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A disappointed cow. Photo: Getty
A disappointed cow. Photo: Getty

SocietyMarch 27, 2019

The claim farmers are becoming an ATM for beneficiaries is nasty and not true

A disappointed cow. Photo: Getty
A disappointed cow. Photo: Getty

Remarks by a Federated Farmers leader are a boon to beneficiary-bashers, and they’re utter rubbish, writes tax expert Lisa Marriott

On Monday, newsletter comments by Federated Farmers Marlborough President Phillip Neal expressing his distaste for proposed tax reforms were quoted and reiterated on Stuff.

Neal didn’t restrict himself to the proposed tax reforms. Instead he used the opportunity to engage in divisive rhetoric and beneficiary bashing.  In case you missed it, he said: “Farmers are in danger of becoming an ATM industry, providing the government with farmers’ hard-earned money so the government can then redistribute money to those they perceive as the helpless and needy, but in my opinion, useless.”

Asked about the newsletter, sent to his members on 15 March, Neal extended his comments to note that: “This government seems to be happy to take the money away from those people earning a living and giving it to the downtrodden, who often don’t want to work.”  According to him, “there’s lots of people who abuse the system”.

Neal is unlikely to reflect the views of all farmers with his comments. Notwithstanding this, he must be held to account for his statements. Not only are they divisive and seemingly intended to reignite beneficiary bashing, they are also ill-informed.

There are three points worth highlighting here. The first relates to tax paid by farmers.

I recently made an Official Information Act request to Inland Revenue asking for the amount of tax paid by the agricultural sector. The most recent year where data was available was 2016-17. These figures are outlined below and include income tax paid by companies, trusts, individuals and partnerships:

In 2016-17, the government collected $75.6 billion in tax revenue, while the agriculture sector paid $758 million in tax. This is a large sum, but not a large proportion of tax collected. It equates to the agricultural sector contributing 1% of tax revenue in the period. If we isolate dairying from the broader industry, its contribution is 0.33% – one-third of 1%.

The second point worth challenging is that a large proportion of taxes collected go on spending for welfare beneficiaries. Total expenditure in the 2016-17 period was $76.3 billion. Of this, $16.2 billion (21%) was spent on health; $13.3 billion (17%) on education; and $13 billion (17%) on more than 700,000 New Zealand Superannuation recipients.  More traditional welfare benefit expenditures are a much lower proportion. To be precise, expenditure on the Jobseekers Support benefit in 2016-17 was $1.7 billion (2.2% of total expenditure), on the Supported Living Payment $1.5 billion (2% of total expenditure) and on Sole Parent Support $1.2 billion (1.5%). I’m not sure which of these groups Neal feels contain the “useless” people the government should not support.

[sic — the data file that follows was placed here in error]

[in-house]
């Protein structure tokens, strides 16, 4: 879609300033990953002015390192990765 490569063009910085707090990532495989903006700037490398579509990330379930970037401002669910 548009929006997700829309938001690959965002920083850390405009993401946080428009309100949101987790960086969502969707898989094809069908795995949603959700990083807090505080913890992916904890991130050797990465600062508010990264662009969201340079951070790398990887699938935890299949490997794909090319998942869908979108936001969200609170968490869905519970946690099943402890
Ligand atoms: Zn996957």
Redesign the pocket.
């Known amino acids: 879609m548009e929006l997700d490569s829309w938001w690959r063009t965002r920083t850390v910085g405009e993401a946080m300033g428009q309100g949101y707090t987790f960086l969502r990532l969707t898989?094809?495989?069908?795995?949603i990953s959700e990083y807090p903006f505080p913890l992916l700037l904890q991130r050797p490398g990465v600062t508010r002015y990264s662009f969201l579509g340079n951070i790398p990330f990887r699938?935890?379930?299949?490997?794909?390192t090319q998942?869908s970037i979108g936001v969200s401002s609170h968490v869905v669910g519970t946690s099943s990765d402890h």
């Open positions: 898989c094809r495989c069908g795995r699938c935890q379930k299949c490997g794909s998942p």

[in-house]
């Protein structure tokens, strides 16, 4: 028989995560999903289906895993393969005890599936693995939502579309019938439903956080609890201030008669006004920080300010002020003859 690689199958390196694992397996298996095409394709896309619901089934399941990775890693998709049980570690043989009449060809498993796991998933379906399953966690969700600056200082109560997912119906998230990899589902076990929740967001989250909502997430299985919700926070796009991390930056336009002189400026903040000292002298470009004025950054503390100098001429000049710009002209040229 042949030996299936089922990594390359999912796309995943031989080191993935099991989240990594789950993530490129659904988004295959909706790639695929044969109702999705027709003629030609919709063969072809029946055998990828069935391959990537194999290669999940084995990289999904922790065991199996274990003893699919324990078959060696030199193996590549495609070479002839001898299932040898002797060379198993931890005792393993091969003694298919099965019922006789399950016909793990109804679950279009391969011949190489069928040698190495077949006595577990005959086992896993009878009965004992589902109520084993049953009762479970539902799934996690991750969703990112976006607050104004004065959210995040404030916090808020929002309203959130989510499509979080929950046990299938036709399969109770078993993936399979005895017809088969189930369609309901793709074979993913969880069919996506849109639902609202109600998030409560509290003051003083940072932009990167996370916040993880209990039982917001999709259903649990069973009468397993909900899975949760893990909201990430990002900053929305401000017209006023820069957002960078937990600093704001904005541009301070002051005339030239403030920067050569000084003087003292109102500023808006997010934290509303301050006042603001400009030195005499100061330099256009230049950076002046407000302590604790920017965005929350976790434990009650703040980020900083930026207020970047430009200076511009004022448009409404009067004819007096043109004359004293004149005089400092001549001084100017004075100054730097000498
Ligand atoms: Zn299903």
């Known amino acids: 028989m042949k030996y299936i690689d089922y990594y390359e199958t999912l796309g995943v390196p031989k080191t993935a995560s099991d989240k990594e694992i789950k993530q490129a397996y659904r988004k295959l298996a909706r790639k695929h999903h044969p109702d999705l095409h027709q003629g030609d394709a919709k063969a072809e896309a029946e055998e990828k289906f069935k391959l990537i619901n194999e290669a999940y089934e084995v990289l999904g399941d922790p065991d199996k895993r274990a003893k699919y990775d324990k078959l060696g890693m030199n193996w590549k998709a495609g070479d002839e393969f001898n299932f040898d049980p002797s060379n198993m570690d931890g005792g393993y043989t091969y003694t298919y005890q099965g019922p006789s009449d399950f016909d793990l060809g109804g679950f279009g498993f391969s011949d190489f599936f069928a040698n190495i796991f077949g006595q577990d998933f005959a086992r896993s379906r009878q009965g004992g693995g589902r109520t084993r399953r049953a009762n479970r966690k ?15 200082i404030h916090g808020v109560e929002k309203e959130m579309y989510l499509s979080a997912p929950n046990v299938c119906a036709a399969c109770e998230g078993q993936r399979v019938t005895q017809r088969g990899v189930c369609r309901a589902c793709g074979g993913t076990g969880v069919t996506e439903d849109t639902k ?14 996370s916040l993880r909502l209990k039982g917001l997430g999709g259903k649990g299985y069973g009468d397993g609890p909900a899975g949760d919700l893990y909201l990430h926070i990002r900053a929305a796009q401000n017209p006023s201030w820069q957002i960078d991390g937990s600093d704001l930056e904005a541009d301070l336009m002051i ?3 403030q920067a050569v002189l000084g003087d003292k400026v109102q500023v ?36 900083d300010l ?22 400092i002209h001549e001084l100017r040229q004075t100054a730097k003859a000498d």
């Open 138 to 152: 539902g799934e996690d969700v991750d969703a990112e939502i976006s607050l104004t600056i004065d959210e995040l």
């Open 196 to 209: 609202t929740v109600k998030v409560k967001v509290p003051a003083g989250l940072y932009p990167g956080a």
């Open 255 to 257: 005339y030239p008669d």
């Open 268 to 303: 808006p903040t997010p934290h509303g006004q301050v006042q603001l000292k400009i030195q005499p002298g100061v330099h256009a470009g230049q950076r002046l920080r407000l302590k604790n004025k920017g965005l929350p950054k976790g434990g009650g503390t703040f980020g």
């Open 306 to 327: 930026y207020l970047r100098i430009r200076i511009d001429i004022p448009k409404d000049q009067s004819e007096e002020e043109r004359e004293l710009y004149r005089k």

The final point worth highlighting is Neal’s claim that lots of people abuse the system. Yes, there are people who do not comply with the rules relating to beneficiary entitlement. There are also people who do not comply with the tax rules. The value lost to society from abuse of the tax system is around 50 times higher than the value lost from abuse of the welfare system. Neal would have a stronger argument if his distaste was directed at non-compliant taxpayers rather than beneficiaries.

Taxes are not paid by people who have no income and no assets. If people are being asked to pay higher levels of tax, it is because they have higher income, more assets or they may be being asked to pay for externalities they generate. Let’s also not forget everyone benefits from greater tax collection – not just beneficiaries.

Lisa Marriott is Professor of Tax and Associate Dean (Research) at Victoria University of Wellington’s Victoria Business School.

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